The Marvelous Mrs. Maisel: Season One
A single and effective storyform ties the episodes of this first season into a meaningful narrative.
The Marvelous Mrs. Maisel is a pure joy to watch, from beginning to end. With an endearing performance by its lead and hilarious turns from some of the greats, this latest television series from Amazon captures your attention from the very first episode and leaves you enthralled by the very last. In the final analysis, it is the strength of this show’s narrative structure that claims responsibility for its success.
A form to the message of a story
The Dramatica storyform codifies the emotional and logical argument of a narrative’s message. Keep doing your best work, and you can perform at a masterful level is the Narrative Argument put forth by the first season of this show. A Main Character Resolve of Steadfast, a Main Character Growth of Start, a Story Goal of Doing, and a Story Outcome of Success and a Story Judgment of Good put this argument into practice.
These aren’t the only Storypoints found within a Dramatica storyform. In fact, 70 more individual dynamic & structural Storypoints contribute to the success of this message by filling in the blanks and cutting off any counter-arguments before they arise.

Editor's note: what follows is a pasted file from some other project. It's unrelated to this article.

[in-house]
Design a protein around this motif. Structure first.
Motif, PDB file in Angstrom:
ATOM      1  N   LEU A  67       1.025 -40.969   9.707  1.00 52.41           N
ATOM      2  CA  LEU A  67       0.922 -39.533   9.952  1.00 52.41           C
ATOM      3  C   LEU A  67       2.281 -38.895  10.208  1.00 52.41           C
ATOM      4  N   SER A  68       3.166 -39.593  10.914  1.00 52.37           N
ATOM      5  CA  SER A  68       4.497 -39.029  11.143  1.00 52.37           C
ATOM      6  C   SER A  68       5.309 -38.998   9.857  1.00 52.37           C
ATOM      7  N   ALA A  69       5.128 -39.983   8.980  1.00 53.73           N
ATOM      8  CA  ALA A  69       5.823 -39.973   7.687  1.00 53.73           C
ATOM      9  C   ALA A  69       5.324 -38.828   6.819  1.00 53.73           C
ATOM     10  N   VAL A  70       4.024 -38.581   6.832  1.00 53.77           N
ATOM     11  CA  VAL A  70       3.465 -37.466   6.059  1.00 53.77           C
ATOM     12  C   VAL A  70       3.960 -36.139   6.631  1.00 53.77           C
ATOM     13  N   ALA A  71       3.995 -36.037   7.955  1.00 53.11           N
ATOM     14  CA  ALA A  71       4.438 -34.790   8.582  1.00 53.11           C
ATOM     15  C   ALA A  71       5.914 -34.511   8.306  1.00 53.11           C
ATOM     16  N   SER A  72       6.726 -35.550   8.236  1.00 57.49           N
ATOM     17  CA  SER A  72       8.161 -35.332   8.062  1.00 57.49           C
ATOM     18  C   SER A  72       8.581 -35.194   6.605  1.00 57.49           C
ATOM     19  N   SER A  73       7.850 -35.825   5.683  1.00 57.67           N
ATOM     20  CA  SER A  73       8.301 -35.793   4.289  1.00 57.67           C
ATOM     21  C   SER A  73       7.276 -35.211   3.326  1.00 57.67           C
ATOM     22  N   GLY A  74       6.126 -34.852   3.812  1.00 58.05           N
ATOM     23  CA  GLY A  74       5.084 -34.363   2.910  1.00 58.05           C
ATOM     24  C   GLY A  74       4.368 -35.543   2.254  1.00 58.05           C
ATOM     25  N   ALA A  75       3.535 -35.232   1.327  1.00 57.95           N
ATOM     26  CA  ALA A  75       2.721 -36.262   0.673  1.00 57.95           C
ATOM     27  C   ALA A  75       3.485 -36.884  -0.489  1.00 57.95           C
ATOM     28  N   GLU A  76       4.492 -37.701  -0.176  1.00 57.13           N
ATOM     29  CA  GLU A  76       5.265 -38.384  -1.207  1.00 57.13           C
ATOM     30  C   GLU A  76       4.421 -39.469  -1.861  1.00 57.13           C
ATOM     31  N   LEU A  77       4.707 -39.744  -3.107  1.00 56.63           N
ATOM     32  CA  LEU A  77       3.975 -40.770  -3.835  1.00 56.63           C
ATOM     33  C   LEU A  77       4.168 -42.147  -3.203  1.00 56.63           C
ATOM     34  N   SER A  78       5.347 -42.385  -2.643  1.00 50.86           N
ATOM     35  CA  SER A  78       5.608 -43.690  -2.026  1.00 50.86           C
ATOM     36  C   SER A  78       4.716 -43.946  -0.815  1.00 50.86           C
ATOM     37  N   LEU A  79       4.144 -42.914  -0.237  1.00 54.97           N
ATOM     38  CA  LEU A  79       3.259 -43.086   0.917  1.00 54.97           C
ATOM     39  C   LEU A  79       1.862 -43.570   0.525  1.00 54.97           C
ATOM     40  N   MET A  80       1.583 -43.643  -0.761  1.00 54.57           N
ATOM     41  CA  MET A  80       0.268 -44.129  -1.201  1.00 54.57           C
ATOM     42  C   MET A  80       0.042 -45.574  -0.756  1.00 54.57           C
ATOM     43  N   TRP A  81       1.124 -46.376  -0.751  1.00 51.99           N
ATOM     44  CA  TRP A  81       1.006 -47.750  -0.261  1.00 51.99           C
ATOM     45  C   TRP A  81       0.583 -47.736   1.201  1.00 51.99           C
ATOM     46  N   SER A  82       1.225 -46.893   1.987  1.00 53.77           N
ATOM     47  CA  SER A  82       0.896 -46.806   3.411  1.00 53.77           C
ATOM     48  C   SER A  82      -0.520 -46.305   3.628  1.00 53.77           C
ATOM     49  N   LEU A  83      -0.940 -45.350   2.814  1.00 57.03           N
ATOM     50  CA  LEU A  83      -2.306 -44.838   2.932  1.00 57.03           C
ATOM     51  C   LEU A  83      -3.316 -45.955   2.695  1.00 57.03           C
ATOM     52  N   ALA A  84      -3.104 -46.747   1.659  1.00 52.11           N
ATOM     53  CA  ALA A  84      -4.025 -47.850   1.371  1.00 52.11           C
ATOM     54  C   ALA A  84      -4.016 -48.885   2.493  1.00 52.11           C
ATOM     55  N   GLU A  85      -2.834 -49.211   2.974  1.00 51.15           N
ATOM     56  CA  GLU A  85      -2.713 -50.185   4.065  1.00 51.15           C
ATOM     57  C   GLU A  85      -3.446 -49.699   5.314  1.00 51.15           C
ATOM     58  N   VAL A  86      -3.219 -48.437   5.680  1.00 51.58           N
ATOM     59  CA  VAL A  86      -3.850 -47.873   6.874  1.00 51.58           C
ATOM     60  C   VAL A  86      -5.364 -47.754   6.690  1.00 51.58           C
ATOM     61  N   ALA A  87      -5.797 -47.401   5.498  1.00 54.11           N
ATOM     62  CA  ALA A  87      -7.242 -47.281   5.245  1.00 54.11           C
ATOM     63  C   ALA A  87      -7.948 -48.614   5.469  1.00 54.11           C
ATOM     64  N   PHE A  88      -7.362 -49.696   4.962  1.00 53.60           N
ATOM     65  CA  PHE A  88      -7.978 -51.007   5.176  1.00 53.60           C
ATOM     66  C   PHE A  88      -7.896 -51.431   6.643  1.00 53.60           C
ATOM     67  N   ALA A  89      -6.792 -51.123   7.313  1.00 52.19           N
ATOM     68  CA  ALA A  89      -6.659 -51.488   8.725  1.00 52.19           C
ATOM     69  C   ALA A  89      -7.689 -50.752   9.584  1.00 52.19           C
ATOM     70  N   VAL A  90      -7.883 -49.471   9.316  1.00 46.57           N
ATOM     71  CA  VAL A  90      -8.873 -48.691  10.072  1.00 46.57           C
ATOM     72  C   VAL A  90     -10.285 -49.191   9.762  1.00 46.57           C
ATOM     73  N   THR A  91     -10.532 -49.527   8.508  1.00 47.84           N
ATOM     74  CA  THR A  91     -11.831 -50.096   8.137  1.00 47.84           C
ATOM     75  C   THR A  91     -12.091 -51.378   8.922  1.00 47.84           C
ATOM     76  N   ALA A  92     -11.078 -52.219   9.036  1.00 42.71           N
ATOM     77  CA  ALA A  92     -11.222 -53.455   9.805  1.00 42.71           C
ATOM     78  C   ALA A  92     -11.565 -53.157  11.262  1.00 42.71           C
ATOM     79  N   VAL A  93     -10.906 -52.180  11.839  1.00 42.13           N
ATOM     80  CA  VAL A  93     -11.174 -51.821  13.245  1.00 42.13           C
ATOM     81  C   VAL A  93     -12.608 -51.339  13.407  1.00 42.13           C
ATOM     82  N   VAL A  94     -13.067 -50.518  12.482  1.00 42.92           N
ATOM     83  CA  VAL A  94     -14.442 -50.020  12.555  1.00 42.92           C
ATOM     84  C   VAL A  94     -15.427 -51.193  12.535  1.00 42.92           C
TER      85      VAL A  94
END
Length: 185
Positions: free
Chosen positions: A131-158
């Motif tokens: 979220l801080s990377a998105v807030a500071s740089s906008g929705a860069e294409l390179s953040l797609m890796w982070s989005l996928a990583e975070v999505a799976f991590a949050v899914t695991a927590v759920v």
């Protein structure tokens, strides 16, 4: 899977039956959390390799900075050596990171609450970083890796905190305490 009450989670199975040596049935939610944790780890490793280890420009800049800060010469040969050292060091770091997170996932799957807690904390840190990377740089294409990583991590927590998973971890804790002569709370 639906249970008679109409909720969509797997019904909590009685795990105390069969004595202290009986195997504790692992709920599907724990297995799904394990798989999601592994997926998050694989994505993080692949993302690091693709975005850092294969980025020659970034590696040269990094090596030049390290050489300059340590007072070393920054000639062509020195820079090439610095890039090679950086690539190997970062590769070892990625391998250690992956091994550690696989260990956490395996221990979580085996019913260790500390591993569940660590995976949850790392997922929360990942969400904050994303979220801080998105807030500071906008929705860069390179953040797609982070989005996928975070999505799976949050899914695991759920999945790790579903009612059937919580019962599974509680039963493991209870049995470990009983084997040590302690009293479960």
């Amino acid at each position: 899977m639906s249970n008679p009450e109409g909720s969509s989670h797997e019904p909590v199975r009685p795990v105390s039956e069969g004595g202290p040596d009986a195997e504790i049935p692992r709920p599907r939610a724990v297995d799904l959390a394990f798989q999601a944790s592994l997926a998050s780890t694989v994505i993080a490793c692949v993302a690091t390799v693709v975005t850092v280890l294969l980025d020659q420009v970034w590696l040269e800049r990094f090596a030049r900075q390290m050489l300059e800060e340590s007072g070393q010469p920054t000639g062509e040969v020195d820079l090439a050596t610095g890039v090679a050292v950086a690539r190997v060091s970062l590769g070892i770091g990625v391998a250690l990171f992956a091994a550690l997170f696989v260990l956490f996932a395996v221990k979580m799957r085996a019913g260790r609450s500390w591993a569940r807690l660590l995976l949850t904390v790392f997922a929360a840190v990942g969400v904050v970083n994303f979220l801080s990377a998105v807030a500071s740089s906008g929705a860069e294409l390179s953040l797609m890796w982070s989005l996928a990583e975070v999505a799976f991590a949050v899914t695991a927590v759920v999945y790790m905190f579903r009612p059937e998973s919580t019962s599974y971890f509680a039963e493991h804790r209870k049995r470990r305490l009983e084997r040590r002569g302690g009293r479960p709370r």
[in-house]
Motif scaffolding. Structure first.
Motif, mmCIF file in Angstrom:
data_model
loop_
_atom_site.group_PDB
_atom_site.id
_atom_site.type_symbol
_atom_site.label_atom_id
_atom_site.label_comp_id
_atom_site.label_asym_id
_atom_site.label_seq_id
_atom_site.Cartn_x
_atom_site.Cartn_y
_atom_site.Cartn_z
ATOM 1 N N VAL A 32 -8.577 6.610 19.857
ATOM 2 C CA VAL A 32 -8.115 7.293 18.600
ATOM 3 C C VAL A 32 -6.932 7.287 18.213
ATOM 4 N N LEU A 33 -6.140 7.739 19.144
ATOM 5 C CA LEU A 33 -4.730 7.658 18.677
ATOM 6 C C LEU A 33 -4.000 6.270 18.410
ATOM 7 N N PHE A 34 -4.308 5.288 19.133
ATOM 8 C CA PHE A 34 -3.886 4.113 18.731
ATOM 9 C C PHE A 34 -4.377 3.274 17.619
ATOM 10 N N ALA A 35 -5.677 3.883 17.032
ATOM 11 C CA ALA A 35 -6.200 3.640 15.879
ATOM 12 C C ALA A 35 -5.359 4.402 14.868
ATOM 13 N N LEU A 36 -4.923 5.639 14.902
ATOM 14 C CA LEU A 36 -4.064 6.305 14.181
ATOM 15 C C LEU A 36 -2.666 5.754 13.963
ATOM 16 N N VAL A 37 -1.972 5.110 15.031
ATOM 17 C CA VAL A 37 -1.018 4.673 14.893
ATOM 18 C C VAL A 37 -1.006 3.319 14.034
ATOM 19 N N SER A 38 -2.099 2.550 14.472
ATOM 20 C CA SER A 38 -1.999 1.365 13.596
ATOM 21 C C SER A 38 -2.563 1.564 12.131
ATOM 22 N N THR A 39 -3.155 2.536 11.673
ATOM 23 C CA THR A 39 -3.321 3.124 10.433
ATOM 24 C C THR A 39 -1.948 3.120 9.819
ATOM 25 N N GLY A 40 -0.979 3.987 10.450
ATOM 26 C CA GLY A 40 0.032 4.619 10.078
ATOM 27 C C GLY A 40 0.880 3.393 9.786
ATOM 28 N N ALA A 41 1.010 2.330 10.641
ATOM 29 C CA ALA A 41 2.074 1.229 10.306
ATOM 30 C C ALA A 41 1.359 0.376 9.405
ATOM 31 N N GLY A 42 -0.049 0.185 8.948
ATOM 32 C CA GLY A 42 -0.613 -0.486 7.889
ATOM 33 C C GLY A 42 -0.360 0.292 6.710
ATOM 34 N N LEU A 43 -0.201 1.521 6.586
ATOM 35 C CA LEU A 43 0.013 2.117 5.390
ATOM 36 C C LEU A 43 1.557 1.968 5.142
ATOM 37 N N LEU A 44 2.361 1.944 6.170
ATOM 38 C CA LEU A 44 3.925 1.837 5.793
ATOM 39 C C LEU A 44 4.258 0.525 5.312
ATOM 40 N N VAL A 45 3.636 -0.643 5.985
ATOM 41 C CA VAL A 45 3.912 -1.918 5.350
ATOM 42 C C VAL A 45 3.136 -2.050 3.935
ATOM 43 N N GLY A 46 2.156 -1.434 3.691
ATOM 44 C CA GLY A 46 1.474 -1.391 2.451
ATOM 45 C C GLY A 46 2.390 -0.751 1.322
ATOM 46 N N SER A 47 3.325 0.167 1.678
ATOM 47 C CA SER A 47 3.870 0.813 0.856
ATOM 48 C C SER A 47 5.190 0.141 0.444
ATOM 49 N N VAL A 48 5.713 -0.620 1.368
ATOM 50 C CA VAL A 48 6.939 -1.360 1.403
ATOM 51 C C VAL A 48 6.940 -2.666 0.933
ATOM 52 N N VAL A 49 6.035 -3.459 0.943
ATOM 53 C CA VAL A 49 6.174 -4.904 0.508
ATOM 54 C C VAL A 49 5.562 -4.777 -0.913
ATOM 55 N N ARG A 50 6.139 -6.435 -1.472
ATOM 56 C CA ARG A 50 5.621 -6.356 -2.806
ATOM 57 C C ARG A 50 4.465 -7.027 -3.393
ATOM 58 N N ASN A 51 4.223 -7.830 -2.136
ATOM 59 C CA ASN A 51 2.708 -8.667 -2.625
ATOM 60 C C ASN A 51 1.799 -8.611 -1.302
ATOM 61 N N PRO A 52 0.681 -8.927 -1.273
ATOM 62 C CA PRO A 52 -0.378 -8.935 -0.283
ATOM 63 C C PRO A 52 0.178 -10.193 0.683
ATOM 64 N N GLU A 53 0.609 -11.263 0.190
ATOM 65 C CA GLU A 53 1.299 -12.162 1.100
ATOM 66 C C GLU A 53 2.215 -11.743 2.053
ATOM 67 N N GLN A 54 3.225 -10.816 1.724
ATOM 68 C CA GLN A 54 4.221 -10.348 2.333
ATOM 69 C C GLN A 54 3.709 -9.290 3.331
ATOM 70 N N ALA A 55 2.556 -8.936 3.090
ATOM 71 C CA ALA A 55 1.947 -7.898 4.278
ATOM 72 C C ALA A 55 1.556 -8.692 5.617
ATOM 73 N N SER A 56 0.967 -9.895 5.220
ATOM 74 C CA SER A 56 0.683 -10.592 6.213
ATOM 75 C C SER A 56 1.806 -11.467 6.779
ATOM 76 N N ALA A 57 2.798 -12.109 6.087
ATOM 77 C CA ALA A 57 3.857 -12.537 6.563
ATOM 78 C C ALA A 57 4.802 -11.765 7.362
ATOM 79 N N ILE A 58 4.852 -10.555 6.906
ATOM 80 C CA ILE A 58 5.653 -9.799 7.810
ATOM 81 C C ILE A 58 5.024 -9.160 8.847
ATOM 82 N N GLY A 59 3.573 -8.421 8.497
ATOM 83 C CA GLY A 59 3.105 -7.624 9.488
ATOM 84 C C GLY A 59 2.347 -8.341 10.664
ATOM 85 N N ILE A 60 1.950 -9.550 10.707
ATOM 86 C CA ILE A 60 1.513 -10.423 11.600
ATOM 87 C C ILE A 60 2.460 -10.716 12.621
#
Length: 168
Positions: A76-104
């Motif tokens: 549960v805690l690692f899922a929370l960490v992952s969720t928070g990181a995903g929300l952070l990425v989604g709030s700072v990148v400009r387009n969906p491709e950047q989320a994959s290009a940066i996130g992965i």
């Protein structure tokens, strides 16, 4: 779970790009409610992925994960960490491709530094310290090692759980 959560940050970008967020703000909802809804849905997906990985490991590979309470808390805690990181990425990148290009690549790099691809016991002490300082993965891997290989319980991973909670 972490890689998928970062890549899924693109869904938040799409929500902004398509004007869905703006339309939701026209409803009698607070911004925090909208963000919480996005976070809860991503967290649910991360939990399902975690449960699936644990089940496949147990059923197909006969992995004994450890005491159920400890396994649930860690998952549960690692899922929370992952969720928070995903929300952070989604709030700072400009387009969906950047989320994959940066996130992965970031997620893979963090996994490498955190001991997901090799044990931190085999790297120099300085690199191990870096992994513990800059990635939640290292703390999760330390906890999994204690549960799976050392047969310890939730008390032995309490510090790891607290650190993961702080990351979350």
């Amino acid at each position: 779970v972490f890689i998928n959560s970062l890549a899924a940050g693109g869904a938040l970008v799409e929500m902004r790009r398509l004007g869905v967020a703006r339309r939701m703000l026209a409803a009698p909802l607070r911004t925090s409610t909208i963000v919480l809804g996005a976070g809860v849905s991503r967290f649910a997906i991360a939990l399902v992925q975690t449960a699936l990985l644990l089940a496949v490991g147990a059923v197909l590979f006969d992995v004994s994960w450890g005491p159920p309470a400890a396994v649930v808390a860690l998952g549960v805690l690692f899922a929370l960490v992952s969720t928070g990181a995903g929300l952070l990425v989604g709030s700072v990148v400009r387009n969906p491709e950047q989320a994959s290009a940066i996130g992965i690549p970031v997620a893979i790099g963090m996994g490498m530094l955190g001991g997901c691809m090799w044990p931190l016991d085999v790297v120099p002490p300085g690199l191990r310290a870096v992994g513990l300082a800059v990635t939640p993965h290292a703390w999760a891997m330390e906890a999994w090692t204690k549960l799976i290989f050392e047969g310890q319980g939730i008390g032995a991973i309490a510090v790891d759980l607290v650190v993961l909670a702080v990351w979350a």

One could easily argue against the reality of the argument—you can sometimes do your best and fail miserably—but they wouldn’t be able to do that within the context of this first season of The Marvelous Mrs. Maisel.
This reality is the reason for these Storypoints, the reason for this storyform, and the reason for a stable narrative structure: to support and communicate with confidence a message near and dear to the Author’s artistic intent. In short, the storyform answers the question, What are you trying to say?
The elements of a healthy story structure
From our introduction at her wedding reception, Midge lacks a filter (Main Character Concern of
Preconscious](/storypoint/main-character-concern/Preconscious "Main Character Concern of Preconscious - Storypoint - Subtext")). Her inappropriate comments and *What, me worry?* attitude to life panics those in the audience—both those celebrating her marriage to Joel and those sitting captive at the Gaslight ([_Main Character Focus of_ Non-accurate and Main Character Issue of
Worry](/storypoint/main-character-issue/Worry "Main Character Issue of Worry - Storypoint - Subtext")). Her near-obsession with making people happy and seeing to it the fulfillment of everyone’s dreams but her own endear her to everyone around her, yet leave her personally spent and unsure of her direction ([_Main Character Problem of_ Mind, Main Character Approach of